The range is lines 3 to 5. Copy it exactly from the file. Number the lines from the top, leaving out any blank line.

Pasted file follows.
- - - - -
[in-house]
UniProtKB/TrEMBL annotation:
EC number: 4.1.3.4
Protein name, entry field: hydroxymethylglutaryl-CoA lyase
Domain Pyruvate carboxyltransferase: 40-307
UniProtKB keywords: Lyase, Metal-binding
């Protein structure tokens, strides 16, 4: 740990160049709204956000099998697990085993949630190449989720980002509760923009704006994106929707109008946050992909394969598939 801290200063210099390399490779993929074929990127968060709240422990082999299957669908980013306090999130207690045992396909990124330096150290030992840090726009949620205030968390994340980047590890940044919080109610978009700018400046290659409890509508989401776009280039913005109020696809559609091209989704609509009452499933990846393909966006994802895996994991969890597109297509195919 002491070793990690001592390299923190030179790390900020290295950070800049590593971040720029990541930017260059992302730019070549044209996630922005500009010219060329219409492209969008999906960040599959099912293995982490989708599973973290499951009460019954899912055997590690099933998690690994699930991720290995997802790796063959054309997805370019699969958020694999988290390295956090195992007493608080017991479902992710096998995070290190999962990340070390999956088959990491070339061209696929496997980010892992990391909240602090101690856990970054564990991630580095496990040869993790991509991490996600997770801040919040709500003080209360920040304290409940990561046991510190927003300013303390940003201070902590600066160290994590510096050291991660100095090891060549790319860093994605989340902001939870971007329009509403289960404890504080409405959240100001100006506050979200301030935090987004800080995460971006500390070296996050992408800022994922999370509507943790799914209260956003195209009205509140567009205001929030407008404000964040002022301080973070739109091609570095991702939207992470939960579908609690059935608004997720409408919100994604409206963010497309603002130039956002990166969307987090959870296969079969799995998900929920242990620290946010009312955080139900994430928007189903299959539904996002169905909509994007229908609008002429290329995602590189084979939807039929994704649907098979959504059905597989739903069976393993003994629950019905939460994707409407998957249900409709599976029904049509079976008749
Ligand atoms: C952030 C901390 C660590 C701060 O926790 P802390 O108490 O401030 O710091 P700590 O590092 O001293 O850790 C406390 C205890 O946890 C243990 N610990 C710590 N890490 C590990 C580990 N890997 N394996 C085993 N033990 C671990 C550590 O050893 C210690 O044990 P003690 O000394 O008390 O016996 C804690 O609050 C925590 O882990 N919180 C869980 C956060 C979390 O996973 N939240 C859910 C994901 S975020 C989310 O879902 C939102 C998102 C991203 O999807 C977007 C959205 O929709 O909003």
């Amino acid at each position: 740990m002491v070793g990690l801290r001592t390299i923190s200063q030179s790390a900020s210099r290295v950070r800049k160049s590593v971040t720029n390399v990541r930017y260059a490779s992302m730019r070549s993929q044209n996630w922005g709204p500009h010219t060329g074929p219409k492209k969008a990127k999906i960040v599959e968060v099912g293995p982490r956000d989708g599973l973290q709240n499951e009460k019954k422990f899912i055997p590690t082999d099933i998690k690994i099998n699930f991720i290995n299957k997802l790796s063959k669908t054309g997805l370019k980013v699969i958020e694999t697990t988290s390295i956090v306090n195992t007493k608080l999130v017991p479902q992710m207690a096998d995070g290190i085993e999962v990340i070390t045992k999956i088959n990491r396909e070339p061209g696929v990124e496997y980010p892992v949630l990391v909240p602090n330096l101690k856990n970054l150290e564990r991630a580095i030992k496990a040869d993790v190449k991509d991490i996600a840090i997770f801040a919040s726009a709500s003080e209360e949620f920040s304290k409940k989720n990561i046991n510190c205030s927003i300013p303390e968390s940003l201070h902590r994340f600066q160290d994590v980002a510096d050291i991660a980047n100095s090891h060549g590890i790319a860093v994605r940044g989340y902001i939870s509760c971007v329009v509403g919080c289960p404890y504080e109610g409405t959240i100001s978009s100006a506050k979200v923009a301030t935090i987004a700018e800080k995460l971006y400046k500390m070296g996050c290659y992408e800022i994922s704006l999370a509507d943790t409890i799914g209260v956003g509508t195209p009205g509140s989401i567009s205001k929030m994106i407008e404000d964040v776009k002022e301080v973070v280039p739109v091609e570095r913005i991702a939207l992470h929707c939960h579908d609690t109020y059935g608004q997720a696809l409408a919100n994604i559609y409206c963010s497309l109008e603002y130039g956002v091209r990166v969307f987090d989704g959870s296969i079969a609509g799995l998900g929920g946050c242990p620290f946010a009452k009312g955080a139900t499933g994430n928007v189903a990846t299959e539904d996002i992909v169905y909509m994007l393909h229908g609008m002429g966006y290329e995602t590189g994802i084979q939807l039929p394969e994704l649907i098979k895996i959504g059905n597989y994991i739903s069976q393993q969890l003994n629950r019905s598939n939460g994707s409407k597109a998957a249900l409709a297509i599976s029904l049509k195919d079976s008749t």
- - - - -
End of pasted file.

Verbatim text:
EC number: 4.1.3.4
Protein name, entry field: hydroxymethylglutaryl-CoA lyase
Domain Pyruvate carboxyltransferase: 40-307